- Asset tagging – you capture additional data for the curation of assets. You might use machine and AI learning for this tagging process, but you should have a human element to check for errors. Asset tagging allows content authors to quickly find the assets they need.
- Pages – you use page and asset metadata to accelerate your content authoring and you use intelligent Experience Fragments to adapt pages to different contexts.
Once you’ve identified where your organization is starting from, you can put together your roadmap for page-based metadata.
How metadata can enable personalization
Metadata controlling content
Now we’ve looked at the metadata fundamentals, here’s how page-based metadata can be used for personalization.
Personalization happens on two levels: the audience segment a customer belongs to, and on more objective criteria, like where the user is calling from and the product they have purchased.
For metadata purposes, the objective criteria matter most. The criteria e.g., customer location is entered as a metadata variable and the intelligent Experience Fragments adapt to that context, changing page features such as text, numbers, and values.
For example, a refrigerator will have different maintenance instructions for different countries. If a person is logging in from the US, they will be looking for the optimum fridge temperature in Fahrenheit, but someone from the UK will want their instructions in Celsius. By using metadata and Experience Fragments, the page can be adapted to show the correct values for each location.
Metadata and Experience Fragments ensure your content is always understood.
Dynamic rendering of documents
However, audience segmentation (the other level of personalization) is most important for dynamic rendering of documents. Different audience segments will want to see different documents, depending on what’s relevant to them.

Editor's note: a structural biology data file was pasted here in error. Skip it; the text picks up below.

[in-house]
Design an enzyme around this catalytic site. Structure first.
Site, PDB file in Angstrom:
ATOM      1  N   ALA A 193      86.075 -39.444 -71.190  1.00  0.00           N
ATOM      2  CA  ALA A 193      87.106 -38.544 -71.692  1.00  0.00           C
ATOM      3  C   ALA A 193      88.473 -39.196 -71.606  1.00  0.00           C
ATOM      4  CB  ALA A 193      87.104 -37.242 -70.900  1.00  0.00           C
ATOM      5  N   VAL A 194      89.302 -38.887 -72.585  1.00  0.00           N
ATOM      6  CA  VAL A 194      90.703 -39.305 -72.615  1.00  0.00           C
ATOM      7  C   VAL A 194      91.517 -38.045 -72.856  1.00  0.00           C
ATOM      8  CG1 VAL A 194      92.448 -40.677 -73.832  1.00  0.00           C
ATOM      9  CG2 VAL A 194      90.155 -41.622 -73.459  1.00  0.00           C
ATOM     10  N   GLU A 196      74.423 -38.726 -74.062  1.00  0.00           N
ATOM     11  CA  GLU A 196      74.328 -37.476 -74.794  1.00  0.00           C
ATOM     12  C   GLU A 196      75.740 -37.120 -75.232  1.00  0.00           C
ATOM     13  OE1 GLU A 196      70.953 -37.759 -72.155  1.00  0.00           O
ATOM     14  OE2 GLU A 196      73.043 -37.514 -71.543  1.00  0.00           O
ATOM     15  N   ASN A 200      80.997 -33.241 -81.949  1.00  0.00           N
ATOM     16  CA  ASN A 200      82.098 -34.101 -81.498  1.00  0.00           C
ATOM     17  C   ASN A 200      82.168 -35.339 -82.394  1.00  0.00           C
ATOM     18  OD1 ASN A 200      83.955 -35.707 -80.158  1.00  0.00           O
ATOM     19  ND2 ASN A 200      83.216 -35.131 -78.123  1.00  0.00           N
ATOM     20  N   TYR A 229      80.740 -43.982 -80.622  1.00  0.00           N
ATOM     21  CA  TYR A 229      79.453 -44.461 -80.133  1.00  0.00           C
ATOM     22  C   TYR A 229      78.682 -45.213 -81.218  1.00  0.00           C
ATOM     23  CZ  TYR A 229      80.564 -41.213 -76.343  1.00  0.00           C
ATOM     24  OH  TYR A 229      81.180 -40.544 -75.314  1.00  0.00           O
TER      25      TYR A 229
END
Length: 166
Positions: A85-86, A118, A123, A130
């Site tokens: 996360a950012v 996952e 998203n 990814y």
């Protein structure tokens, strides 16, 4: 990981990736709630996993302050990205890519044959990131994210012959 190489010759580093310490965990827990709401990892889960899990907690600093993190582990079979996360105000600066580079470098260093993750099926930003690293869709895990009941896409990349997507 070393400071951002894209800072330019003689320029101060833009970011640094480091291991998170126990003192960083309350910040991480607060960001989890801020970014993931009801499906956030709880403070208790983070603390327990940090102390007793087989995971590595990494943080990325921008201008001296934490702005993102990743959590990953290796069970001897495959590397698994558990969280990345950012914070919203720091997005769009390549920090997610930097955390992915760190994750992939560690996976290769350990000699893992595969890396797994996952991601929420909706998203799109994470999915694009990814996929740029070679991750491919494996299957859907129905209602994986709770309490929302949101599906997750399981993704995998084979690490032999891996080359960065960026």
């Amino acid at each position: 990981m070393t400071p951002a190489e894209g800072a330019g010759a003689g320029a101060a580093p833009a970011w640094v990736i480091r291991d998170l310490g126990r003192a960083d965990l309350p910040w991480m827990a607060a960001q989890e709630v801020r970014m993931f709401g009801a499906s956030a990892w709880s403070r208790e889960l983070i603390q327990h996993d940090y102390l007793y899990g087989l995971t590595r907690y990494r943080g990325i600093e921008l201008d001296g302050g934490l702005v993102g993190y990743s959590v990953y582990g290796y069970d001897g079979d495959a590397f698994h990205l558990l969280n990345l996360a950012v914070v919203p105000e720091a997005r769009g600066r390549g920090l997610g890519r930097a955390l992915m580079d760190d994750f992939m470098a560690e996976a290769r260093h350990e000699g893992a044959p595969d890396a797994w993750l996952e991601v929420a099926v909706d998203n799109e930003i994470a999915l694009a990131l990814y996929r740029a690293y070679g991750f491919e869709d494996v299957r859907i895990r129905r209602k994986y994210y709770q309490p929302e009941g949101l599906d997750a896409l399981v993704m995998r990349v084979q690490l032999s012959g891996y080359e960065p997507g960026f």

If the owner in our refrigerator example gets an on-screen message to visit a website, the information they receive will be very simple and will only tell them what’s wrong.
A third-party service provider, on the other hand, would log in to see a different document that provides more technical information on how to fix the problem.
Metadata sets the stage for this variation.
Metadata controlling styles
In addition to controlling content, metadata can also control page style. Perhaps its simplest if I show you an example of this in practice:
In this webinar, Avanade worked with three brands, Waterline, Fireline and Iceline to configure Experience Fragments for each brand. Then, we used metadata to direct each fragment to the right place on a webpage to change the page appearance for each brand. Watch now to learn how you can accelerate transformation in your organization today.
Rethinking metadata in your business
Could page-based metadata play a more significant role in your business?
Avanade can help your organization rethink the importance of page-based metadata, and with the help of Adobe Experience Fragments, you can start using page-based metadata for personalization at scale. Contact us today to get started.
Does your business use metadata for personalization? Let us know about your experiences on our socials.